Hugo Morvan

+ Follow
since Nov 04, 2017
Hugo likes ...
forest garden fish fungi trees food preservation cooking solar wood heat woodworking homestead
Forum Moderator
I am a carpenter/mason/gardener etc, living in France, Morvan. Have small garden with about 200 different plantspecies a small natural pond, wild fish. Share a veggie plot/tree nurserie/mushroom grow operation with a local bio cattle ranger, it is being turned into a permaculture style bio diversity reserve. Seed saving and plant propagation are important factors.
Every year i learn to use more of my own produce, cooking it, potting it up. As well as medicinal herbs/balms. Try to be as self sufficient as financially possible without getting into debt. Spreading the perma culture life style and mind set, which is the only sustainable path forward on this potentially heaven of a planet we are currently ravaging with our short sighted and detached material world views which lead to depression, loneliness, illness, poverty and madness.
France, Burgundy, parc naturel Morvan
Apples and Likes
Total received
In last 30 days
Total given
Total received
Received in last 30 days
Total given
Given in last 30 days
Forums and Threads
Scavenger Hunt
expand Pollinator Scavenger Hunt
expand Pioneer Scavenger Hunt Green check
expand First Scavenger Hunt Green check

Recent posts by Hugo Morvan

My last remaing hazel cutting died.
In the same time i’ve grown some twenty from seed. Layering works i’ve heard.
Hope others have more luck
5 days ago
Leigh Tate, nice turnaround!
Guess we’re wired to label everything we don’t like/expect to be there immediately as a problem that needs eradicating by a quick fix so things become how we expect them to be.
A very superficial way of creating the world we like to see, obsessively busy with finding shortcuts without ever considering the larger ramifications.
Modern life in a nutshell, not permaculturish at all. But examples!

Just back in from the garden after a rainy cold spring summer is finally here. I’ve had trouble recognizing my garden at times because of growth of grass in some newly developing beds/ pathways. It started to go to seed here and there. That would have caused more grass next year. I don’t have mulch ready now to weaken it so had to scythe it down. It became it’s own mulch.
The white dutch clover went out of control in the beds and pathways creeping everywhere. I chop and drop it or mulch it around plants i want to keep free from it. Instead of pulling it out completely i left enough creeping roots so it can recover and function as a nitrogen fixing groundcover plants the bees love. It’s a fun experiment!
I’ve just ate a wild carrot soup of it’s leaves instead of ripping it out and composting it.
1 week ago
Hi Joseph. still doesn’t have it available. My portal to europe for your book.
I am trying lulu, since you get more royalties, had to give all my details before knowing if they even ship out of USA. But they do and for a third of the shipping costs of amazon com.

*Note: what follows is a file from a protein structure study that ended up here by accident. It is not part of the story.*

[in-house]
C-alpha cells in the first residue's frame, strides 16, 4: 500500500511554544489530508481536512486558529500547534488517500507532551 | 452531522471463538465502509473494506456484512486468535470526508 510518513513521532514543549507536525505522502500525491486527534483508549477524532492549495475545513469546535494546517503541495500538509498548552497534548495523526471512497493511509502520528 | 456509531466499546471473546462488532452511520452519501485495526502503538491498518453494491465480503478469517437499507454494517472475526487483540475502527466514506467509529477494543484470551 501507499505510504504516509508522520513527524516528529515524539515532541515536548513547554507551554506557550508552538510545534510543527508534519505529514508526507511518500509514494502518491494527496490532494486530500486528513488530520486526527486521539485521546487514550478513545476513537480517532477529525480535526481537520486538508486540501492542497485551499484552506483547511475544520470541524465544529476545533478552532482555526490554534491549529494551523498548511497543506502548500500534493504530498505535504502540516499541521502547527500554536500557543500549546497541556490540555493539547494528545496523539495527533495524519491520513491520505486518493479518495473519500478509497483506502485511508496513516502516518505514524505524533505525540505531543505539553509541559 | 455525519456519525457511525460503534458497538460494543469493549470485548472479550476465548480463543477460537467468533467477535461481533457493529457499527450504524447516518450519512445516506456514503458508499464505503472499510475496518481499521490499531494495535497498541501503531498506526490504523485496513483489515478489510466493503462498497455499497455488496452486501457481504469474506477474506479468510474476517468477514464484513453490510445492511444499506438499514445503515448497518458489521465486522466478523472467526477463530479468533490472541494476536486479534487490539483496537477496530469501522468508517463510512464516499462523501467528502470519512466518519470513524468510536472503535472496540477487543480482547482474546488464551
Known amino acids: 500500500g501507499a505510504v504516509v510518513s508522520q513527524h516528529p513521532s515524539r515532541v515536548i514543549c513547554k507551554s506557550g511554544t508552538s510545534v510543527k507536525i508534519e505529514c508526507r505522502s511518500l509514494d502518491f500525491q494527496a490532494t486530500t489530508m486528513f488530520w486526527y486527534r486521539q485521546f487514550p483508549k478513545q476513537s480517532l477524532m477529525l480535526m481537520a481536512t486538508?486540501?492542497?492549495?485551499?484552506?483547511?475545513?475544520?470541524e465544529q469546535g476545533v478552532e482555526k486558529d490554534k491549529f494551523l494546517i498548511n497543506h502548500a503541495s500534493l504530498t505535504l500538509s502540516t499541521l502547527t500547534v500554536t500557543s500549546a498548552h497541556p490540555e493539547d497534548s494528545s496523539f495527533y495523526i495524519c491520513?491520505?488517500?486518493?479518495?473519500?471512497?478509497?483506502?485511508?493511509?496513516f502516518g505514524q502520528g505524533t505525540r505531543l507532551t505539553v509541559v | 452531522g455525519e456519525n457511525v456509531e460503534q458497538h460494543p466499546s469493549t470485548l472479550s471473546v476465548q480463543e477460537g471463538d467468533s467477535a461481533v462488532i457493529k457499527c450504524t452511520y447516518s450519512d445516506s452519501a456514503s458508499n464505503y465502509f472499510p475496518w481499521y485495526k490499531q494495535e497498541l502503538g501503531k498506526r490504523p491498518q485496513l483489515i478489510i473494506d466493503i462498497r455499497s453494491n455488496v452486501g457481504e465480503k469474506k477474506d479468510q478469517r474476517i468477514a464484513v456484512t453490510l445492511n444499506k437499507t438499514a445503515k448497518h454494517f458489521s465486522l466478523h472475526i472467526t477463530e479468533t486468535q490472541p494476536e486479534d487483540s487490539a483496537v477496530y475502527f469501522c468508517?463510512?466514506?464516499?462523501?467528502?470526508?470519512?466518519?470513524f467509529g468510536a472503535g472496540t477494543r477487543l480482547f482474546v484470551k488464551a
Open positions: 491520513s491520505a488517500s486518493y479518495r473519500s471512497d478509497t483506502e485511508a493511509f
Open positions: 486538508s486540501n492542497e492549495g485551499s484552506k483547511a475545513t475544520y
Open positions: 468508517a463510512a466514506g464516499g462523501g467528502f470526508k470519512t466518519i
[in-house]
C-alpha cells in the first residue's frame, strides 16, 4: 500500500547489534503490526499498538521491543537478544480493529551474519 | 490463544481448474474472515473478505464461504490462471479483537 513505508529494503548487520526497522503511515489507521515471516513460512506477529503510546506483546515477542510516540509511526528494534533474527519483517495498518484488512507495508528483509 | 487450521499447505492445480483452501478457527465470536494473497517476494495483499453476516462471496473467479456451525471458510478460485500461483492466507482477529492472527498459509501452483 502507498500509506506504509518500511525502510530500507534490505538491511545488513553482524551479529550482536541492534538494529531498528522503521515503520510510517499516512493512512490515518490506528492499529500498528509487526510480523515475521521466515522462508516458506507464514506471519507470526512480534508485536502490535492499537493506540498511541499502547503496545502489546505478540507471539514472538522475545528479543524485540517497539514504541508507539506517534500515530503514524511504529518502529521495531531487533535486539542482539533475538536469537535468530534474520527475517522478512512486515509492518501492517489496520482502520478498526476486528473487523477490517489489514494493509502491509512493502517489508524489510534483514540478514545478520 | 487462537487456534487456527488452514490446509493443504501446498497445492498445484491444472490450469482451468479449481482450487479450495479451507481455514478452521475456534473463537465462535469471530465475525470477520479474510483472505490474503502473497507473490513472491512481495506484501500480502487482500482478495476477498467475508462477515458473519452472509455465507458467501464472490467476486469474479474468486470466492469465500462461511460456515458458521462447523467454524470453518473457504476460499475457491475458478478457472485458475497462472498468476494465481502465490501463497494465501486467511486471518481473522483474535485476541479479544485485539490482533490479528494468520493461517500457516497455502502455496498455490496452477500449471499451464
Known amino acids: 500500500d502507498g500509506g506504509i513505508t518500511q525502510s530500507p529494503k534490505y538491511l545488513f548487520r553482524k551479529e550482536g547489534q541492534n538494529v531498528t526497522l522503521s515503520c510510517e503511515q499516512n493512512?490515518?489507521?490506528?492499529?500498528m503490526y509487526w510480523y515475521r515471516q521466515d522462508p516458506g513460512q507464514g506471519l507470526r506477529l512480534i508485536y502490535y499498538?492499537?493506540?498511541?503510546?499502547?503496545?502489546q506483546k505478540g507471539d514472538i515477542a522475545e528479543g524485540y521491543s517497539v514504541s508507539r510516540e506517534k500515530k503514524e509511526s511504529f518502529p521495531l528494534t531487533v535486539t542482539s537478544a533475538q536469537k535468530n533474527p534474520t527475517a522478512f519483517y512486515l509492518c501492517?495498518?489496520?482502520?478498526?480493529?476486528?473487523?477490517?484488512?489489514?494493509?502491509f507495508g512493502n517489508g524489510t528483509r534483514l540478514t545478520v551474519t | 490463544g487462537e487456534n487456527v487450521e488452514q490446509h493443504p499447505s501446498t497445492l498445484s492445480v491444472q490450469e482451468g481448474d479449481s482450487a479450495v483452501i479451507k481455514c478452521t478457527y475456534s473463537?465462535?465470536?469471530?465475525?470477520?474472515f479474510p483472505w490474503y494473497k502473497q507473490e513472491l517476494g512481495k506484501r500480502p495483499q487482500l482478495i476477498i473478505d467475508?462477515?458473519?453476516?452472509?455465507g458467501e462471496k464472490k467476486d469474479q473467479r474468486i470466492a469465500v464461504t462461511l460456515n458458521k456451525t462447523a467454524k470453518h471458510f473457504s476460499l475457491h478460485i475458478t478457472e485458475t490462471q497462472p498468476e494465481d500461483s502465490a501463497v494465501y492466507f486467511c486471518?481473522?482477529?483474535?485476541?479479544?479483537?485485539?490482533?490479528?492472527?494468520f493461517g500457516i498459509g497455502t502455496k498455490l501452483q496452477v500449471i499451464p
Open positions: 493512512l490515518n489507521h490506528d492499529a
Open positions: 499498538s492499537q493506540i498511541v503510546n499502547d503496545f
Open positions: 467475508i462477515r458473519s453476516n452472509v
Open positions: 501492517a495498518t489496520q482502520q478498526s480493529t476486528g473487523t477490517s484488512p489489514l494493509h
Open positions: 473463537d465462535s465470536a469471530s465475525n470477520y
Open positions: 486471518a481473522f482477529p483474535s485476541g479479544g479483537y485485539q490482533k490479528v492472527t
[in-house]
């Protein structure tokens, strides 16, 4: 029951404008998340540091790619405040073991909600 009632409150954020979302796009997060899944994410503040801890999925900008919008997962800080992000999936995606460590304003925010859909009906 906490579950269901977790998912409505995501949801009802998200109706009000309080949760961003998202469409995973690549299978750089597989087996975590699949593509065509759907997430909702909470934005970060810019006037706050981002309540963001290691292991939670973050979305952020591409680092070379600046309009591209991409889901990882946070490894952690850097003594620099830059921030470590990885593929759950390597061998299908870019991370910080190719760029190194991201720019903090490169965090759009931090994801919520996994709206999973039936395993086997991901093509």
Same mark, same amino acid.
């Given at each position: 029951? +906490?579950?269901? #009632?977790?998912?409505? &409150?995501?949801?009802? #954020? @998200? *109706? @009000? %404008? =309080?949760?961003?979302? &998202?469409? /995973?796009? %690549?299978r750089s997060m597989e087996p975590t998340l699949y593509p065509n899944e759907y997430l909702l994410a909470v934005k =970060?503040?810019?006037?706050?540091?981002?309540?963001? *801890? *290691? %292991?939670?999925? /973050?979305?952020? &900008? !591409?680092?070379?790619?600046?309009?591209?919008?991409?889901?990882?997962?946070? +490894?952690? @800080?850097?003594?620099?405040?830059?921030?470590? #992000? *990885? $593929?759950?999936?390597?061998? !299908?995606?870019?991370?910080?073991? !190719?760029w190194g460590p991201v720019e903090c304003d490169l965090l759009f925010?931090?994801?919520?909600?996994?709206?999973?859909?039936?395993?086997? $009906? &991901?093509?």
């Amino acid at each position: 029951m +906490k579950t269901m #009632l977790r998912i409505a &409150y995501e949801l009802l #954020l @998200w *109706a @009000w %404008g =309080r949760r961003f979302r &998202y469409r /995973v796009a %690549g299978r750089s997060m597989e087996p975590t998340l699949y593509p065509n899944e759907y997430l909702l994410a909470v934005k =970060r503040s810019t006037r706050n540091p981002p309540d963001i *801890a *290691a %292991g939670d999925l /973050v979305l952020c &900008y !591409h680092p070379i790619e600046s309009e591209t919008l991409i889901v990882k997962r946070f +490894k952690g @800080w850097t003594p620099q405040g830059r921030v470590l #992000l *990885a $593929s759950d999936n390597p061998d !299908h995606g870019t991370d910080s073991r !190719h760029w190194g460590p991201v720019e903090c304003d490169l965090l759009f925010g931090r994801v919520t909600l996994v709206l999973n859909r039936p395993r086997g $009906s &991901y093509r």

Looking forward to learning your techniques and logic to landracing.
Thank you for all you do!
1 week ago
Hedera Helix, my neighbor grows it on our common wall. It cracks the joints and more of it enters. Rips wall apart. Then he blames my trees for the damage and seriously expects me to repair it.
Grapevine and passiflora are great growers indeed.
3 weeks ago
The good old broken bottle in cement trick to block unwanted nightly visitors. Hmm might be a shitty build wall that you have to rebuild if it breaks from roots. No figs then.
Wouldn’t it be possible to render the whole wall in a wet mud to make it more friendly to the eye. It will rain off in time but hopefully the trees will be big by then. Just make it in a bucket. Earth water mix it, smear it by hand..
Or sand lime with a big load of local color in it if you want to do a serious job on it. It will only be a day for a good renderer. It will solidify the wall i doubt the owner will object if asked.
The red color is kind of funky south american style i must say. That’s probably the nicest thing i can say about the building.
3 weeks ago
Kevin. Good for you! I wish i could just dig them out, it’s rocky and tiring time consuming business where i am!
If you need a few hundred it’s not an option. I am sure you can see the allure in cleaning a piece of land adding straw, dumping compost and hotwatered seeds, walk off and come back and harvest fifty trees frim the soft compost in an hour in autumn.
At least that’s what i’m hoping for. Haha!
I went for a peak yesterday but nothings popping so far. No ash either, no plums, no hazels, no sweet chestnuts, the cuttings are slow too. Last year the willow was booming around this point in time, this year they’re timidly showing some foliage half expecting to be hammered back by some late crazy frost. Oddly enough mimicking the folk getting out and about unsure after month of masking up and home detention.